Space Rocks at KWU Thursday

On an autumn evening back in 1923, McPherson College professor H.H. Nininger was walking home from campus and was awestruck by a fireball streaking across the sky. The experience ignited his quest to find meteorites for the rest of his life.


“Treasures from space: meteorites and a famous Kansan that hunted them”, will be the the Smoky Hills Audubon Society’s February 21st program.

Presented by Brett Whitenack, curator of the McPherson Museum and Arts Foundation, the program will revisit the 1930’s when Kansan H.H. Nininger specialized in meteorites. The public is invited to come early to the program to meet the speaker and have suspected meteorites evaluated by a professional.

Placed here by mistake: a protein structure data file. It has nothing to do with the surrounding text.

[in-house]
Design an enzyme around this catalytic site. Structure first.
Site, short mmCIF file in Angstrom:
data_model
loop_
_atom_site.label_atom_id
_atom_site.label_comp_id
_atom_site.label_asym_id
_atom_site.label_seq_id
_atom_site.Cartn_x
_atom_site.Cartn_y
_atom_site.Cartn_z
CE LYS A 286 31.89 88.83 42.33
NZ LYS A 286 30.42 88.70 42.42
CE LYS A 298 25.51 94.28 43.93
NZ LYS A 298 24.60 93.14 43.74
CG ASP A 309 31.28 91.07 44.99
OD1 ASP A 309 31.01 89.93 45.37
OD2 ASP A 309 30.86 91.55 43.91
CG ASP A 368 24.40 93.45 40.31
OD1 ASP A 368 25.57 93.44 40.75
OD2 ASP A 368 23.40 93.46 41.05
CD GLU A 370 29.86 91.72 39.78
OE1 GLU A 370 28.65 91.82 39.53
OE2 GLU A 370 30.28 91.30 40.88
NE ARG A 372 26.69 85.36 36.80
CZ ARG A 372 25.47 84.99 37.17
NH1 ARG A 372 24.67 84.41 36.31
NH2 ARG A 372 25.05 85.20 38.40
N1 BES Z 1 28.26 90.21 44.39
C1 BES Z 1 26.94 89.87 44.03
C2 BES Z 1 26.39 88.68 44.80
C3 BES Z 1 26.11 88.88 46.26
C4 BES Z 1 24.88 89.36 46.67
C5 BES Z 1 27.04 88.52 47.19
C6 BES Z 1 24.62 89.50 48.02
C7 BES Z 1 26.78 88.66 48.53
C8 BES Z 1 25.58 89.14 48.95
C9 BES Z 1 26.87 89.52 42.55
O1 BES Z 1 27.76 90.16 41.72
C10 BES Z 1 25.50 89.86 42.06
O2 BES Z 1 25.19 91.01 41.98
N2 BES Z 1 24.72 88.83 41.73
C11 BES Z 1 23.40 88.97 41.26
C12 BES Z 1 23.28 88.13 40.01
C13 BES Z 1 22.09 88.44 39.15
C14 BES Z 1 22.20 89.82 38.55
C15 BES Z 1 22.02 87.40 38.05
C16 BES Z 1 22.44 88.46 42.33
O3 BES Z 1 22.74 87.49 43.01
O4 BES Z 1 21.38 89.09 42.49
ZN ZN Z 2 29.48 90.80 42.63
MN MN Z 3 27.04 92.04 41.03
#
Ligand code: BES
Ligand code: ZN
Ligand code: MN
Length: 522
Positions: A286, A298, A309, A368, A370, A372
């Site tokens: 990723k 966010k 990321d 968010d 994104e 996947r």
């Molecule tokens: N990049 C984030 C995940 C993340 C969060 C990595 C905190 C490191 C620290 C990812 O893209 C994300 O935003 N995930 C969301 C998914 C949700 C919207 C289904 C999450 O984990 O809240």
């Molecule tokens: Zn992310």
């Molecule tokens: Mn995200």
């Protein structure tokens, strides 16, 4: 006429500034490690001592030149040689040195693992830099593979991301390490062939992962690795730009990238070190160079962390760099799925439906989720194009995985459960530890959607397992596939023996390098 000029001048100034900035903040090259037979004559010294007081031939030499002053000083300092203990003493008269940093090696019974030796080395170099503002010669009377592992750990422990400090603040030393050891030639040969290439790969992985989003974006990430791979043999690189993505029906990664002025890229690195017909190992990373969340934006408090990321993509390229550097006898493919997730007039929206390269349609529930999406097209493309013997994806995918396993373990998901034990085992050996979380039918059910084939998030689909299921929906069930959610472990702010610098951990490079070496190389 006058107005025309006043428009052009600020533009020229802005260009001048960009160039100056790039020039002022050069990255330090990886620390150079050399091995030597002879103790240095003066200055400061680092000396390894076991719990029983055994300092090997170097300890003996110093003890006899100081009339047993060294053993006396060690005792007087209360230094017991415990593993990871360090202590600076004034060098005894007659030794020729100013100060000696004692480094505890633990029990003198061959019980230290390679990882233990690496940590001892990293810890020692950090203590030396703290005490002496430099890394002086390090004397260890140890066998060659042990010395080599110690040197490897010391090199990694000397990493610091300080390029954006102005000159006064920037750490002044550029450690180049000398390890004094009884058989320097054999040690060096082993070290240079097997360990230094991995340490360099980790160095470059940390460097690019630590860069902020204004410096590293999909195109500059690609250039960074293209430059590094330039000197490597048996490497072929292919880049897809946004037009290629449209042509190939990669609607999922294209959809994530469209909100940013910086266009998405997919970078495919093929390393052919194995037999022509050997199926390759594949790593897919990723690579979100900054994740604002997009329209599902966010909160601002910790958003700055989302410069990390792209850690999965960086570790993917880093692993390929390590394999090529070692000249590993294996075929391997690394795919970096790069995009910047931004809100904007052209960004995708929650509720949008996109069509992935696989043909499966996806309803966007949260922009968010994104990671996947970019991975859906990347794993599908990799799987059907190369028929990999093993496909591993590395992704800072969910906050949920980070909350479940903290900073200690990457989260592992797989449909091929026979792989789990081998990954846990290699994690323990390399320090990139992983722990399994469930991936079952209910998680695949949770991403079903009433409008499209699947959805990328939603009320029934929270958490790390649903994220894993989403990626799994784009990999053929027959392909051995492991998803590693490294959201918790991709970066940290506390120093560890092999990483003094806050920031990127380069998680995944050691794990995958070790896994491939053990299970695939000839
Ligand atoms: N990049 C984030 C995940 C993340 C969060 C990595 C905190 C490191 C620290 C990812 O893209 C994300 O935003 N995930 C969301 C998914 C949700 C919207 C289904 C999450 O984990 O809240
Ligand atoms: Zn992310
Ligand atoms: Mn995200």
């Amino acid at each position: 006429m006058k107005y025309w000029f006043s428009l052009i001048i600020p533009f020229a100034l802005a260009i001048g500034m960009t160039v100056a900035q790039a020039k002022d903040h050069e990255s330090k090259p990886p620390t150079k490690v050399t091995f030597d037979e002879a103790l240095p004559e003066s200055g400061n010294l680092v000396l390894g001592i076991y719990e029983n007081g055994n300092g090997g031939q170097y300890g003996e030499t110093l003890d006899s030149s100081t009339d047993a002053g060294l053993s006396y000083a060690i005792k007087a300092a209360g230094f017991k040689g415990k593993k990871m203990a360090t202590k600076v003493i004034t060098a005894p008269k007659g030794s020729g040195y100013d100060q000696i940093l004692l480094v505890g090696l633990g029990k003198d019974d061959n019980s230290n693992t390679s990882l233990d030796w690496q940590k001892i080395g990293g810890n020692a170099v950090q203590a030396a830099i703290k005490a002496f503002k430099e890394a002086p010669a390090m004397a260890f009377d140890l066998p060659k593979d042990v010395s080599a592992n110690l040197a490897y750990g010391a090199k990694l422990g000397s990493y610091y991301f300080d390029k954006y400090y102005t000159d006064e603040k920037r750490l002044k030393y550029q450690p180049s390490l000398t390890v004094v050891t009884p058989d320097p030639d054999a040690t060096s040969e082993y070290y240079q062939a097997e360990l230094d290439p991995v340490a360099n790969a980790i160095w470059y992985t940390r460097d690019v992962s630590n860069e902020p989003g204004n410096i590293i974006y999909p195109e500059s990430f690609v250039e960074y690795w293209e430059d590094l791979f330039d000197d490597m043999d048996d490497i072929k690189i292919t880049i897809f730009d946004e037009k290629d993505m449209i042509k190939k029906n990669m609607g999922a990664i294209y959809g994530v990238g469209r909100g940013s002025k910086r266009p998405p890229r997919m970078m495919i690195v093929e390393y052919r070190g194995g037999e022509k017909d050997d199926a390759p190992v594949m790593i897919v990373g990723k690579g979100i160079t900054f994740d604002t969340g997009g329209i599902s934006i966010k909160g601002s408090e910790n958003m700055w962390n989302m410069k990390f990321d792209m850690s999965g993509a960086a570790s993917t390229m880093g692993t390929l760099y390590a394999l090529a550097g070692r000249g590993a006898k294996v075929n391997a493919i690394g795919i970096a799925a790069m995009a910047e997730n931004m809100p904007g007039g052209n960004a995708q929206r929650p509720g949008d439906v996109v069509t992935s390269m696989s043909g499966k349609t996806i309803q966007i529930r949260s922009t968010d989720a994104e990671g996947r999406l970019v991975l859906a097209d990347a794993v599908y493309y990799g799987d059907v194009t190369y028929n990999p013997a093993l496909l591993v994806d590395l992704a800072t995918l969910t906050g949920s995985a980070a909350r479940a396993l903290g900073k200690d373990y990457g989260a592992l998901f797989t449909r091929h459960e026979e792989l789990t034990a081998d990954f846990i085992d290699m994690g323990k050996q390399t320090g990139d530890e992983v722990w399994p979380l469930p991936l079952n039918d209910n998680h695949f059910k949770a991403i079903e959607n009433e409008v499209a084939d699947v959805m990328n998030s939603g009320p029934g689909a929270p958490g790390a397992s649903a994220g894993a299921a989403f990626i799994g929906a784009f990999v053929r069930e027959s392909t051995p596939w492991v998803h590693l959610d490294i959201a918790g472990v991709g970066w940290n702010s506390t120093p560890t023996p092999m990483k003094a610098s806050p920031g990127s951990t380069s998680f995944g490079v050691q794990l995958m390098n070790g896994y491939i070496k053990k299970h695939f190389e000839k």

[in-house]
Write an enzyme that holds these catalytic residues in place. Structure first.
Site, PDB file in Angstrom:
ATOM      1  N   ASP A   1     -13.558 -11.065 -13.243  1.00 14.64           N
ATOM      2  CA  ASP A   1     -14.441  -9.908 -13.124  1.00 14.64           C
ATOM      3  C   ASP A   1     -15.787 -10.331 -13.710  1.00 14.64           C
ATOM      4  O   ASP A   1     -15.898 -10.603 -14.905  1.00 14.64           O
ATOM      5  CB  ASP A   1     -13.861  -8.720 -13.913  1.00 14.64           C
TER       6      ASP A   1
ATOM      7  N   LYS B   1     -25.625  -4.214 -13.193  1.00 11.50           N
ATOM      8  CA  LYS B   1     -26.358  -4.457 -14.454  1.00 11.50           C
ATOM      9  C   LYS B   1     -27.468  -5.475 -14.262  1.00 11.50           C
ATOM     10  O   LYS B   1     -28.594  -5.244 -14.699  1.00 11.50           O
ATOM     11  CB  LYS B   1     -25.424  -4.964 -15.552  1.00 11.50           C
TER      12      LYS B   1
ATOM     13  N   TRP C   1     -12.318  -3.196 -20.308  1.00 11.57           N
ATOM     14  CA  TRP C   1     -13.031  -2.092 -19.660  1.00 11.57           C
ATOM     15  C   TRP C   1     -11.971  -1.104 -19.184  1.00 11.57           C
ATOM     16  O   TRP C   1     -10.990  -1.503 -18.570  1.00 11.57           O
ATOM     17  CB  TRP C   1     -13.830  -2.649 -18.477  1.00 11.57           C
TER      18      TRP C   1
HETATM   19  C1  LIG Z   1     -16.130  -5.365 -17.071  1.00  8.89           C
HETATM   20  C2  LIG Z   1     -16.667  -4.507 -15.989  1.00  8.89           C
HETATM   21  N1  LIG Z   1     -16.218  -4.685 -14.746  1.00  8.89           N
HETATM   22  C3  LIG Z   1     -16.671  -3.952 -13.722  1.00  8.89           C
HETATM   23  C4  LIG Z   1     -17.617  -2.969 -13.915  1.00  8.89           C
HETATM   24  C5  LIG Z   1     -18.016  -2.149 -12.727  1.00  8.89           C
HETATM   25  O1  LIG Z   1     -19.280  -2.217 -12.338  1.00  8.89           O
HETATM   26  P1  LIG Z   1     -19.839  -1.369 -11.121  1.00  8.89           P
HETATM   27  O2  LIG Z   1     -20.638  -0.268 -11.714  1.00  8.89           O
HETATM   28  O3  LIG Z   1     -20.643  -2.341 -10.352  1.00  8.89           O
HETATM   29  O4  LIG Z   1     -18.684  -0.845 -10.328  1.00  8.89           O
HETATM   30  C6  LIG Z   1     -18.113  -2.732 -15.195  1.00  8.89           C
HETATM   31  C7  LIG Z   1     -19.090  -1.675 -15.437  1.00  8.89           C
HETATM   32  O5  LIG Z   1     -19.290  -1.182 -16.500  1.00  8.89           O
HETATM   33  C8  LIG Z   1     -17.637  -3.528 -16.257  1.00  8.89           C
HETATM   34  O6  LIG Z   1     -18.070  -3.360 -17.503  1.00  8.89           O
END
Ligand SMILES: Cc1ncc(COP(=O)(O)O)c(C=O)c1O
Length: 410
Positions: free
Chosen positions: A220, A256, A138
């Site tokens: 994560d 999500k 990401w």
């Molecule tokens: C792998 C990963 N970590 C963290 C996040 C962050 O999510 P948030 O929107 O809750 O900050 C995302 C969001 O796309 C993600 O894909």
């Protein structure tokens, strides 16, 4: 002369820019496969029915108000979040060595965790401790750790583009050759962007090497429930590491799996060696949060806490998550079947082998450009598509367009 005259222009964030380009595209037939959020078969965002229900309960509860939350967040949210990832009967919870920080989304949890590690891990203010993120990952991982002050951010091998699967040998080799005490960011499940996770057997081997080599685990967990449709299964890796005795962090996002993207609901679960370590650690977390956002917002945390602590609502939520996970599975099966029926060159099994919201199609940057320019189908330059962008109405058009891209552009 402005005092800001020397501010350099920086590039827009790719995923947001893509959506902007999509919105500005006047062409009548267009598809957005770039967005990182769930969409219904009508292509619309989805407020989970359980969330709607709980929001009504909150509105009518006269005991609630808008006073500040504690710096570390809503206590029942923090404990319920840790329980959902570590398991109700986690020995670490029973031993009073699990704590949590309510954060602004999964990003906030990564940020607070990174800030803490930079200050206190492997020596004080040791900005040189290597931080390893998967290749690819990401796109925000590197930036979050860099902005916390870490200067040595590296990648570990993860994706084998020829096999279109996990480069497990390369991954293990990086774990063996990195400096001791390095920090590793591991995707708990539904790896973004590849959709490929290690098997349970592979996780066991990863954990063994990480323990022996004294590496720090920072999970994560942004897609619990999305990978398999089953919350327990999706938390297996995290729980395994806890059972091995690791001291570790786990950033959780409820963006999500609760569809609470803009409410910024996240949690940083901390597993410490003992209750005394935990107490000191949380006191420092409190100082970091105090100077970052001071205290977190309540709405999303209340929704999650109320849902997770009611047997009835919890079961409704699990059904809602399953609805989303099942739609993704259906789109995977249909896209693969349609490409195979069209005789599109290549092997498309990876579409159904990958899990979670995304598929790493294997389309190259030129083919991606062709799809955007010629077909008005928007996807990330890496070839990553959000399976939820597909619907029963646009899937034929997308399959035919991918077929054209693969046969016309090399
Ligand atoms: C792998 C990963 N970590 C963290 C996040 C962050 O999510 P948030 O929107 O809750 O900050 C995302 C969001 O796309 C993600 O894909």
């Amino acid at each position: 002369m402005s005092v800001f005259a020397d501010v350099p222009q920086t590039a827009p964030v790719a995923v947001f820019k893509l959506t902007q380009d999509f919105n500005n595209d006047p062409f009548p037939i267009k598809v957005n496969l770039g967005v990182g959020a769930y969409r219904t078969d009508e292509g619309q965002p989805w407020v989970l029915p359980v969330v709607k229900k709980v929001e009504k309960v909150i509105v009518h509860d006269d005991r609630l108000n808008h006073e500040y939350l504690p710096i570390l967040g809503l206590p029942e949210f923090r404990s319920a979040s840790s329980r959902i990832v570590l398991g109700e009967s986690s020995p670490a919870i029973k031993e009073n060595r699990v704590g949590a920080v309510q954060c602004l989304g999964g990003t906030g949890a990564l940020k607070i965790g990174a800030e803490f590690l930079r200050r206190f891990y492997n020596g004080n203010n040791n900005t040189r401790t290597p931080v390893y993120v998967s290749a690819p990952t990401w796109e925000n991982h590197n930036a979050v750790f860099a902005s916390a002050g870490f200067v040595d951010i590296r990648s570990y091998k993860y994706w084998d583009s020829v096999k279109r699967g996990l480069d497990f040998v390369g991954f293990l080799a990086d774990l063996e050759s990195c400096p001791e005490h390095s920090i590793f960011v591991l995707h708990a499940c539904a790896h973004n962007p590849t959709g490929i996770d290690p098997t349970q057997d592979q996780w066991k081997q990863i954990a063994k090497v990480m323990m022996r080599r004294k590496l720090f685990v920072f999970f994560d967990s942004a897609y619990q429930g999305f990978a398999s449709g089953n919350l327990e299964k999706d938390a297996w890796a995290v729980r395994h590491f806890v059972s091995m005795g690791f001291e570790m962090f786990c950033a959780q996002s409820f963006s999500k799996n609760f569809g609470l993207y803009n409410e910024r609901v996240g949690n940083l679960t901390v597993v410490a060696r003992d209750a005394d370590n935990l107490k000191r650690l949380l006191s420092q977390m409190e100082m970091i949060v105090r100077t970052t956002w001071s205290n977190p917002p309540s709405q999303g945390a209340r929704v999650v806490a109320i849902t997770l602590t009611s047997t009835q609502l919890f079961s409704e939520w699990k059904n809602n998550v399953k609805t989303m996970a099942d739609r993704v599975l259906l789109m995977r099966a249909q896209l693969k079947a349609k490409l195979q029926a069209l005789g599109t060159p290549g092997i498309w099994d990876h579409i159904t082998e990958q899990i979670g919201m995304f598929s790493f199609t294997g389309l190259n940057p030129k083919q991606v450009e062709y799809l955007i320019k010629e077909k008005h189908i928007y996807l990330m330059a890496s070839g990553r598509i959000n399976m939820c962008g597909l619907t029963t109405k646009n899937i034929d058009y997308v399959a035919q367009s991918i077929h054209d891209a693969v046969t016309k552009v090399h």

In the 1930’s Nininger did very extensive research of the famous Meteor Crater near Winslow, Arizona, accumulated perhaps the most outstanding meteorite collection ever achieved, published books on the subject, and achieved international fame.
Speaker Brett Whitenack will bring specimens of meteorites for people to see and touch. Included will be a small fragment of a meteor found on the moon.

The Smoky Hills Audubon Society has been presenting programs 9 times a year since the mid 1970’s. Topics often feature bird related programs, but programs can often be concerned with science, environment, travel and wildlife. Programs are presented at no charge to the public by professionals in their fields.
The program begins at 7:30 on February 21 at Kansas Wesleyan in room 229 of the Peters Science Hall. The speaker will be available at 7:00 to evaluate meteorites. All Smoky Hills Audubon Programs are free and open to the public.